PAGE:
How to Escape Your Political Bubble For a Clearer View (link)
Amanda Hess | New York Times
-recommended by Dale Larsen, Marriott Library
PolitEcho -Chrome browser download to analyze your news feed
PBS NewsHour, "Do You Live in a Bubble?" Quick Quiz
Escape Your Bubble, Chrome browser download that helps even out the content of your facebook feed (you get to customize at the outset). (Note: Dale has tried this -it works and provides compelling insight!)
-More resources in the article, but the ones listed above would be a good conversation starter for a flipped classroom scenario (news feeds) or an in class discussion (quick quiz).
PADRE: Find the Worst Thing Possible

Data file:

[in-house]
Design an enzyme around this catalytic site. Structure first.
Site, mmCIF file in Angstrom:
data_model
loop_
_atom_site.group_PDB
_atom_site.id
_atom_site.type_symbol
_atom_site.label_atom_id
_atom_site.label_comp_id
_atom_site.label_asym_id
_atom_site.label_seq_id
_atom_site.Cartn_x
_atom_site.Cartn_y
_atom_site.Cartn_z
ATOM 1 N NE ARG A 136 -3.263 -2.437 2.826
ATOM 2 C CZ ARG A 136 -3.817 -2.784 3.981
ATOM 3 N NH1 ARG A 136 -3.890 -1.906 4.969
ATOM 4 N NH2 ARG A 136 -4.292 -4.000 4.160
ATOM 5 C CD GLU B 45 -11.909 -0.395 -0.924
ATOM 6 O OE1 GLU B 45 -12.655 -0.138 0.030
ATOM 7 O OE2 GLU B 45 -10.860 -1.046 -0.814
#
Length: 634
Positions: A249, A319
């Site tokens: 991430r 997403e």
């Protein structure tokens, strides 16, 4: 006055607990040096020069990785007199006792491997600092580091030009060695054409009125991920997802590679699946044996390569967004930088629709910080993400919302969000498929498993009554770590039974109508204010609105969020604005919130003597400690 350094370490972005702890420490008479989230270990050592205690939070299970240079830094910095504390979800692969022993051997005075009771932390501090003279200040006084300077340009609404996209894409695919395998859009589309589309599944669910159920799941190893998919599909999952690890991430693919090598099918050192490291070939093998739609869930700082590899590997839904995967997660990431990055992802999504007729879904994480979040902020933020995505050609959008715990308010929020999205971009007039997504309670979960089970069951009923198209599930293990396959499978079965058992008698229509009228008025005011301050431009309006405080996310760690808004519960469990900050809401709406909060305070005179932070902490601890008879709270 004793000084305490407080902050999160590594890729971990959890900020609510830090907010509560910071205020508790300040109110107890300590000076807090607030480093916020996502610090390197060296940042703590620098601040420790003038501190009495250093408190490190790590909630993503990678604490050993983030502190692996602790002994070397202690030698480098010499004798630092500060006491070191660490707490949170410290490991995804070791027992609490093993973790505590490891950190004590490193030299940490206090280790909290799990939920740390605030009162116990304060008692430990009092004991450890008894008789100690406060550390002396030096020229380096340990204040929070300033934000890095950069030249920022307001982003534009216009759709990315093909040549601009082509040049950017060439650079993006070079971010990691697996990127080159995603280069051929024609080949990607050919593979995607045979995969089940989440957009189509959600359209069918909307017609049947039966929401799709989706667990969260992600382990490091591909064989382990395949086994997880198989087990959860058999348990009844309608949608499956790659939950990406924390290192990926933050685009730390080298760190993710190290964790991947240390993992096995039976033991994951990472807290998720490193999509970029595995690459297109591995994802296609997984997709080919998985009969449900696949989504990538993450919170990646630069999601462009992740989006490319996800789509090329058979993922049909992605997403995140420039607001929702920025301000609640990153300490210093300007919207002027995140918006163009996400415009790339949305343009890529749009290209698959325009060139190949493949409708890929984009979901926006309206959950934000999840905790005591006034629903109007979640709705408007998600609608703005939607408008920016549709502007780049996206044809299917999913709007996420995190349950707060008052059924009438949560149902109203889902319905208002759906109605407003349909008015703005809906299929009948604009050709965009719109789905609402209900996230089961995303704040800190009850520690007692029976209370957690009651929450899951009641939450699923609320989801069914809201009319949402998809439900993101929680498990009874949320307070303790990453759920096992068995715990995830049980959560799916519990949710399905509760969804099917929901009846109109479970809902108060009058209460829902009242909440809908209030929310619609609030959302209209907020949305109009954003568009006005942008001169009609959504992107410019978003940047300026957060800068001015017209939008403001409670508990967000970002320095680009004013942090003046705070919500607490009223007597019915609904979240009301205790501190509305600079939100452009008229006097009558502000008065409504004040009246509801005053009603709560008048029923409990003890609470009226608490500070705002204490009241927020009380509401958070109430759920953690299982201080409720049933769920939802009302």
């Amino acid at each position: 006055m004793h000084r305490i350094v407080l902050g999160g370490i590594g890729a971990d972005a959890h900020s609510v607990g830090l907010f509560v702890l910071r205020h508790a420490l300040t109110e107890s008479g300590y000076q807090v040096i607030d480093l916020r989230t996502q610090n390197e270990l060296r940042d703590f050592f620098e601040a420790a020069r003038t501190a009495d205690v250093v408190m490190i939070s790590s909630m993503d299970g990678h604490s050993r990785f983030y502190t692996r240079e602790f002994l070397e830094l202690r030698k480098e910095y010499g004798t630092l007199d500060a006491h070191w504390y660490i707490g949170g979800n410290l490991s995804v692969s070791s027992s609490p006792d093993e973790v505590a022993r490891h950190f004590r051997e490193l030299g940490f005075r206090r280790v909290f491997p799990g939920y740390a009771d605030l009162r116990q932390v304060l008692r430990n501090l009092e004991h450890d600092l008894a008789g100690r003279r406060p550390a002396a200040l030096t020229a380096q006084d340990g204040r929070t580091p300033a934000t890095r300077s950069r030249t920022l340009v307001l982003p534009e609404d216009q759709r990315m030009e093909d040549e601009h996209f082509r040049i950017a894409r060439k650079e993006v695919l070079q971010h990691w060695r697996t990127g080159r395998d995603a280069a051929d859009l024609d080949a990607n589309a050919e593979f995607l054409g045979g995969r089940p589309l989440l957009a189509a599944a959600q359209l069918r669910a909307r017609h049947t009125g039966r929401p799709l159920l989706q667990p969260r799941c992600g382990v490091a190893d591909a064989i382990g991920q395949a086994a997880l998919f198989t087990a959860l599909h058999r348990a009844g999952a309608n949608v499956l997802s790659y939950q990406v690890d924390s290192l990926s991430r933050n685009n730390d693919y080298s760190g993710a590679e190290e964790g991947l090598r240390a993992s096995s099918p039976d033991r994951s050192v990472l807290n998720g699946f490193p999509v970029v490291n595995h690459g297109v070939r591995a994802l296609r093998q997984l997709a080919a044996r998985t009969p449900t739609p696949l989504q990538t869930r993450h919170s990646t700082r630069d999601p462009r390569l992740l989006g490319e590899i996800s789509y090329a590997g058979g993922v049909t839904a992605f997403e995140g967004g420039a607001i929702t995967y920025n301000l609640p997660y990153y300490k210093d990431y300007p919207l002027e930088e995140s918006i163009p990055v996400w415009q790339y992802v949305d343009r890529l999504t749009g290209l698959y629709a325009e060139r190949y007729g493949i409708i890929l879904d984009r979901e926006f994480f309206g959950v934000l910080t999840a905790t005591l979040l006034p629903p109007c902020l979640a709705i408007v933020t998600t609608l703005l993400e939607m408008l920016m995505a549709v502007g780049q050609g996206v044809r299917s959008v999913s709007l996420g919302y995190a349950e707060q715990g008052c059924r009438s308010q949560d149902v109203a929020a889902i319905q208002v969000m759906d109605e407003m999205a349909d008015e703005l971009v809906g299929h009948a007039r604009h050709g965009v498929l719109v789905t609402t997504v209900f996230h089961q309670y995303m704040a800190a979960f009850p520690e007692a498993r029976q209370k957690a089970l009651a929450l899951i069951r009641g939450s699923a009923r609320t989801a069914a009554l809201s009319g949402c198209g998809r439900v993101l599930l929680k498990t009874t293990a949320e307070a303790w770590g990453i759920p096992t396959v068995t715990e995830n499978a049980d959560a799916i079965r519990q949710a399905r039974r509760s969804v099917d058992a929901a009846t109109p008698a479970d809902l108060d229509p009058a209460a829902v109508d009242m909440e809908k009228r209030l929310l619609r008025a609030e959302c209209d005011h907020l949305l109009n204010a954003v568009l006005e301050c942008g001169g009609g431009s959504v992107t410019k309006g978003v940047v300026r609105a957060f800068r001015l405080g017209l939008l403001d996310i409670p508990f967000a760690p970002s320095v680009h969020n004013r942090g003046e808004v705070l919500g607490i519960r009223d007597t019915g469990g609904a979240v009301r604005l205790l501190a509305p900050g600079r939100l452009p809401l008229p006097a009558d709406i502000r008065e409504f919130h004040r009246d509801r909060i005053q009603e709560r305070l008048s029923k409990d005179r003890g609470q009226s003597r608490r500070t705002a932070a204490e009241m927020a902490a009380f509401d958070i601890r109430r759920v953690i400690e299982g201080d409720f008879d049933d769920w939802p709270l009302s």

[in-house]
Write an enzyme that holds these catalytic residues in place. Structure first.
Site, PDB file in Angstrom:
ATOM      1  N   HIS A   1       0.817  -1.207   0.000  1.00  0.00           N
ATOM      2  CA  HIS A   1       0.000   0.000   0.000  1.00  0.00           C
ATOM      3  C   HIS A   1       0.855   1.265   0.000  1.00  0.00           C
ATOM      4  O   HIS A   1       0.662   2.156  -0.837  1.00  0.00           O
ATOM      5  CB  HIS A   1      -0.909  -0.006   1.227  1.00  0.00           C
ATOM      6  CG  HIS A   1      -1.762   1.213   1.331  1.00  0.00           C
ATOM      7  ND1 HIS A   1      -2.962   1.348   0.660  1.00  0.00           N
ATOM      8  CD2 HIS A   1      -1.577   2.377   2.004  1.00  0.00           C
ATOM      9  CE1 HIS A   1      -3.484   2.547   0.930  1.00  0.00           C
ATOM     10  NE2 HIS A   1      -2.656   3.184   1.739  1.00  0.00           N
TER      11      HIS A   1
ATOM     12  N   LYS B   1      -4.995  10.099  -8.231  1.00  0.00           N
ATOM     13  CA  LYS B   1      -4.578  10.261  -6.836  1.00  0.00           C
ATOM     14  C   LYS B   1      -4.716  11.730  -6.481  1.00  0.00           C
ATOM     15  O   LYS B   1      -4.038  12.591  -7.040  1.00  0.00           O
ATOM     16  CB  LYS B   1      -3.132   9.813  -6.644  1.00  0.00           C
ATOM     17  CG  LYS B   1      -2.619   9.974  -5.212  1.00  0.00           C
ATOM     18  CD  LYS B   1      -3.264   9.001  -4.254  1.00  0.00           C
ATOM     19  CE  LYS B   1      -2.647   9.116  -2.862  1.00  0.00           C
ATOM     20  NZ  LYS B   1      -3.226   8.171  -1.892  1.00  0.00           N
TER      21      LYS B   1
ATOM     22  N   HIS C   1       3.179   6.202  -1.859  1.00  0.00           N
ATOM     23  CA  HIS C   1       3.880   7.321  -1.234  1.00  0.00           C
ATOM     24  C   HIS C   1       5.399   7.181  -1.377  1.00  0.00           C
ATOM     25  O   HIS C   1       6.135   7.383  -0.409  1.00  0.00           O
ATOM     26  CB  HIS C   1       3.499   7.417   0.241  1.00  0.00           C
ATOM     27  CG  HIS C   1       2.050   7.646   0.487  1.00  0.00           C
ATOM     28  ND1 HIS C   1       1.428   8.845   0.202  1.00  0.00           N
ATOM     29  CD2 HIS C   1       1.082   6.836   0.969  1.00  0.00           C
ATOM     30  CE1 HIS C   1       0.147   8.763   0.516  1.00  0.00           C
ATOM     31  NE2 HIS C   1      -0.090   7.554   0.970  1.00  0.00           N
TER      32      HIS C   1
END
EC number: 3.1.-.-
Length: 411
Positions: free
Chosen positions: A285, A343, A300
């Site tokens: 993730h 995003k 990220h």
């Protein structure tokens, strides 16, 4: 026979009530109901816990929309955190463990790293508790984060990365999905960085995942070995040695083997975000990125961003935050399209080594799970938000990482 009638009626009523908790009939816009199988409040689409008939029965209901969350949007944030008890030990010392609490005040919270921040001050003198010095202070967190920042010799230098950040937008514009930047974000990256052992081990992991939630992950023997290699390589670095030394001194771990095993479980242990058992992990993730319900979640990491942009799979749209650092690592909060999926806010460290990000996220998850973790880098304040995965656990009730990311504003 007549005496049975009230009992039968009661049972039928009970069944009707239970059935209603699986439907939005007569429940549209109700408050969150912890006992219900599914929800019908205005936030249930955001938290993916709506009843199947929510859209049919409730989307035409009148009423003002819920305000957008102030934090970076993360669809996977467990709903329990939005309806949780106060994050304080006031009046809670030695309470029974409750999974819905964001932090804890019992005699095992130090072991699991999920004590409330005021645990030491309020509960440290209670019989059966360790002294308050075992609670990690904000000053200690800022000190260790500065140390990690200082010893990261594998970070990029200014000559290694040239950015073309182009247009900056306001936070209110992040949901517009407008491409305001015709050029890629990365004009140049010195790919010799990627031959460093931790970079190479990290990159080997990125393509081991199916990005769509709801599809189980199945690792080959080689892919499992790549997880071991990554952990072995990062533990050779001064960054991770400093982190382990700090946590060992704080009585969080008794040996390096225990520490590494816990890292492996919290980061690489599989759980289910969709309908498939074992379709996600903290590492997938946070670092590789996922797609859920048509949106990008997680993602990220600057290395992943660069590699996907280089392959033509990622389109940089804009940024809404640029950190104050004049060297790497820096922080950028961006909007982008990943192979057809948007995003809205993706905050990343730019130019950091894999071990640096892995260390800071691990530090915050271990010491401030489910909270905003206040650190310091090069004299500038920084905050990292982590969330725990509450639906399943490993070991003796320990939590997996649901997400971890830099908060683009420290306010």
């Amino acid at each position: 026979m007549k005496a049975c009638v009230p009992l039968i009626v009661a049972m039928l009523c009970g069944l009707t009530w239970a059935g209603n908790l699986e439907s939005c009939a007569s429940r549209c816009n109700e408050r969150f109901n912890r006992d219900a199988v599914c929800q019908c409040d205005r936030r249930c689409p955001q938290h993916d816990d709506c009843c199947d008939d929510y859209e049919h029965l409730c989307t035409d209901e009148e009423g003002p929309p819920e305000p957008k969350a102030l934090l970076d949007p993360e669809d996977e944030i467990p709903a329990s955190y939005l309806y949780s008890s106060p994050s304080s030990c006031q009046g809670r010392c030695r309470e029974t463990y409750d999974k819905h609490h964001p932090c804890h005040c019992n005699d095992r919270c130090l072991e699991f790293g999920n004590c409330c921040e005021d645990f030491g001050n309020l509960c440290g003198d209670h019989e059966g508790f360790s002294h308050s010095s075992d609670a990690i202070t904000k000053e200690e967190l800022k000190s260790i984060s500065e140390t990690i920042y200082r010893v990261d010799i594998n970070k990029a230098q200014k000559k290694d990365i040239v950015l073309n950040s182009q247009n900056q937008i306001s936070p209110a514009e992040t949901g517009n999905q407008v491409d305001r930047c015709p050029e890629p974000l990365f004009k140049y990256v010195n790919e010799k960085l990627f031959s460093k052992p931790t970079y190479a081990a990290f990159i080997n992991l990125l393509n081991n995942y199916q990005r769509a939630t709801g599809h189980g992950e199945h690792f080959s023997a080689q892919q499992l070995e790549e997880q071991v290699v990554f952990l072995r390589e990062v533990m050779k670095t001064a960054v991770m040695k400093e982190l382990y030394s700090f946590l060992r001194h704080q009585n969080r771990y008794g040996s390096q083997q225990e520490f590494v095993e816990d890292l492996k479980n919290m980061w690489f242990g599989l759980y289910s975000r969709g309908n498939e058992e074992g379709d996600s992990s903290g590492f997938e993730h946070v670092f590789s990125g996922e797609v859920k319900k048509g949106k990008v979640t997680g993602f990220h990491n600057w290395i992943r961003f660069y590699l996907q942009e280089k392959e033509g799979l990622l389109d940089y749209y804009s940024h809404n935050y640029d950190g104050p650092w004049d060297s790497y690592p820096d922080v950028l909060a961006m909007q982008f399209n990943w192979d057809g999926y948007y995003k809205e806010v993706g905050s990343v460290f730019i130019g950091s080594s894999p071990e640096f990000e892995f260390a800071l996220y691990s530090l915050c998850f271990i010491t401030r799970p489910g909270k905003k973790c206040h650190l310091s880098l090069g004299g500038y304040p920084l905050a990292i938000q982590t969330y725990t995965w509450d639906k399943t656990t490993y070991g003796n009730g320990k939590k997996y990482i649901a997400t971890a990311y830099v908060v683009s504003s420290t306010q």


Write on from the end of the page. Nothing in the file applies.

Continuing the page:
Information Literacy Criteria Active Learning Class Exercise
-Dale Larsen, Marriott Library
Sometimes finding the most scholarly source is a tad dry as an exercise -this active-learning exercise pits teams of classmates against each other in a race towards the bottom!
Outcomes -it is a fun icebreaker to get students to know each other, but also a great way to start the discussion of half-baked research and why we aspire to greater research and communication standards.
*PADRE basics (much more at Dale's PADRE development site here)
The basic premise of PADRE is that the burden of responsibility for any information consumption falls squarely on the shoulders of the consumer. But these theoretical notions are burdensome by themselves, so the main exercise is to introduce an information filter;
What's the Purpose (to inform, to persuade, to sell?)
Who is the Authority (long experienced, well schooled, anonymous?)
What is the Date (and is that relevant?)
Who is the Editor (who does the author represent or speak on behalf of? The American Medical Association? No one?)
Relevance -all of these feed into the 'Why are you seeking information?' When do you reach the idea that what you've got is good enough?